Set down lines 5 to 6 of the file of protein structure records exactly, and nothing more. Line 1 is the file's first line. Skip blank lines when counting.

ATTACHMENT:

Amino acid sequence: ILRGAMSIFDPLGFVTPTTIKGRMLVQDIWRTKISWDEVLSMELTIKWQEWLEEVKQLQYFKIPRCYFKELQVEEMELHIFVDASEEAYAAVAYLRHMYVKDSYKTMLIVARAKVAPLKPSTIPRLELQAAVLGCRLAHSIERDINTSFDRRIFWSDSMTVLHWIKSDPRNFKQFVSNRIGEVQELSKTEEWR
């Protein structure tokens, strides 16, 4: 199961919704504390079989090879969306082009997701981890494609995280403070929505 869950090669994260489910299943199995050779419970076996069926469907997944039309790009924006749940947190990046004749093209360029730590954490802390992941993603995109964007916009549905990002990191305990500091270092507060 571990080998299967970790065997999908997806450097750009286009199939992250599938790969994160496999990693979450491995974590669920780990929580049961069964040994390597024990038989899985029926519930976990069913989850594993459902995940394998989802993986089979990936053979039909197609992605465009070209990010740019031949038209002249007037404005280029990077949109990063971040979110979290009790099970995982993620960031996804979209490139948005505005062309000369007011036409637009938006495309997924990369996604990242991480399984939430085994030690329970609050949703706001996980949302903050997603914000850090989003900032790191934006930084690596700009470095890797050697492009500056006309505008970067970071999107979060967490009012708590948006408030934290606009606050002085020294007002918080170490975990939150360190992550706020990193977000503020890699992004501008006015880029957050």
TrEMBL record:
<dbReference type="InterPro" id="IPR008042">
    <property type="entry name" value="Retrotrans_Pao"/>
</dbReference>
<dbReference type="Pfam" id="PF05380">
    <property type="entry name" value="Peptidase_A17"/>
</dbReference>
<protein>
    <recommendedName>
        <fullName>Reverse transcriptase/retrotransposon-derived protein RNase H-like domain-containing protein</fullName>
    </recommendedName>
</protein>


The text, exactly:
    <property type="entry name" value="Retrotrans_Pao"/>
</dbReference>